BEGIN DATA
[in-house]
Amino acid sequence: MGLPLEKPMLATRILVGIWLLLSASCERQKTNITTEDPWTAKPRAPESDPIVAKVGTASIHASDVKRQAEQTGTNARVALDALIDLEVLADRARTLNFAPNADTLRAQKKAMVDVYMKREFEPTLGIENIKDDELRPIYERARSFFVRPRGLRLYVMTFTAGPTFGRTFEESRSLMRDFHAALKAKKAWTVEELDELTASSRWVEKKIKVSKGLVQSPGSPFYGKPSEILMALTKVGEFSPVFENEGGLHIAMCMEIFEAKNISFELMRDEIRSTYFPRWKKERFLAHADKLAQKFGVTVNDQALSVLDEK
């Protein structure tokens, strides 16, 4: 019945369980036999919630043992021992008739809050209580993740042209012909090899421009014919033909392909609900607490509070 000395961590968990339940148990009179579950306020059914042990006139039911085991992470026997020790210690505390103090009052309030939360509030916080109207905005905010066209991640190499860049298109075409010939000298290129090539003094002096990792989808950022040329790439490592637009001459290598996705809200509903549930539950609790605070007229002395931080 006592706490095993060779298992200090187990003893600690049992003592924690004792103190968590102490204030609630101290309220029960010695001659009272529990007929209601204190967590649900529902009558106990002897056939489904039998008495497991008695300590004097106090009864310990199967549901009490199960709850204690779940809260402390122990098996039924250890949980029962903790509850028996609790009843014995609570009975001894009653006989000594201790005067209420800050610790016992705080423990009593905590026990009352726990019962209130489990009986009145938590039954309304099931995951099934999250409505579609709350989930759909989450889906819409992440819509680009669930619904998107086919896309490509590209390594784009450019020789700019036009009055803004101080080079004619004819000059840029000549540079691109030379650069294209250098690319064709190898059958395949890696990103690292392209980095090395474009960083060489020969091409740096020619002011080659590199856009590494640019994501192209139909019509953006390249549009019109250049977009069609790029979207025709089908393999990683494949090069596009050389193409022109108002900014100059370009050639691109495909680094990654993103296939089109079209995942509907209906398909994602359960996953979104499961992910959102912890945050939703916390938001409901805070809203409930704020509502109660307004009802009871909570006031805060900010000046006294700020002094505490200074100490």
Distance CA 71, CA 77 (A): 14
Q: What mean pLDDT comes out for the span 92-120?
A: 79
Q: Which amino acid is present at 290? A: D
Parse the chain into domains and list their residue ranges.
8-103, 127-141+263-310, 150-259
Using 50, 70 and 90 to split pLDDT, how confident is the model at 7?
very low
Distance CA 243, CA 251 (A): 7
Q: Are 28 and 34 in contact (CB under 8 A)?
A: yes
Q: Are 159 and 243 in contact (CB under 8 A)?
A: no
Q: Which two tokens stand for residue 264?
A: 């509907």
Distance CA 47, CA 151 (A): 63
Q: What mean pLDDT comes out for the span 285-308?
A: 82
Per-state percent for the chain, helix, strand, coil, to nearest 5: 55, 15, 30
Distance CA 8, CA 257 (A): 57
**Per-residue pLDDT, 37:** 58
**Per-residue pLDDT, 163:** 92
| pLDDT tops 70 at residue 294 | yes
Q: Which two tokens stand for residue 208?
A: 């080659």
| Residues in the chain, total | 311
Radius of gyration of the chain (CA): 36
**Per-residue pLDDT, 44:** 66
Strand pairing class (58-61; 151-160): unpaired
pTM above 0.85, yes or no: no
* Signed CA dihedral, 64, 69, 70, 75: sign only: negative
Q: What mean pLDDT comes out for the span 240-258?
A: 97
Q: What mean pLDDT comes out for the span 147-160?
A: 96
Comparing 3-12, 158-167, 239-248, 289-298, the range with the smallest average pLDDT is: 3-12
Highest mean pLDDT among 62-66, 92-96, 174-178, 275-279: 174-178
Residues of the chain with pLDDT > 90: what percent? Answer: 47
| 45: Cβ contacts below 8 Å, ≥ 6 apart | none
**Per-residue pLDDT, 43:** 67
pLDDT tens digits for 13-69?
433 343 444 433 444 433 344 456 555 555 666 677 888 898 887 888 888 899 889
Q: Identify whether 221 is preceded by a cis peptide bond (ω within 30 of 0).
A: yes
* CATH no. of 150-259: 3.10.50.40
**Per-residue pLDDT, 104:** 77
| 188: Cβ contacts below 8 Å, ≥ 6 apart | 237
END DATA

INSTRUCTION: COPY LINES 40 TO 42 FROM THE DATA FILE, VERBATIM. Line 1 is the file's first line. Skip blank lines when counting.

Highest mean pLDDT among 62-66, 92-96, 174-178, 275-279: 174-178
Residues of the chain with pLDDT > 90: what percent? Answer: 47
| 45: Cβ contacts below 8 Å, ≥ 6 apart | none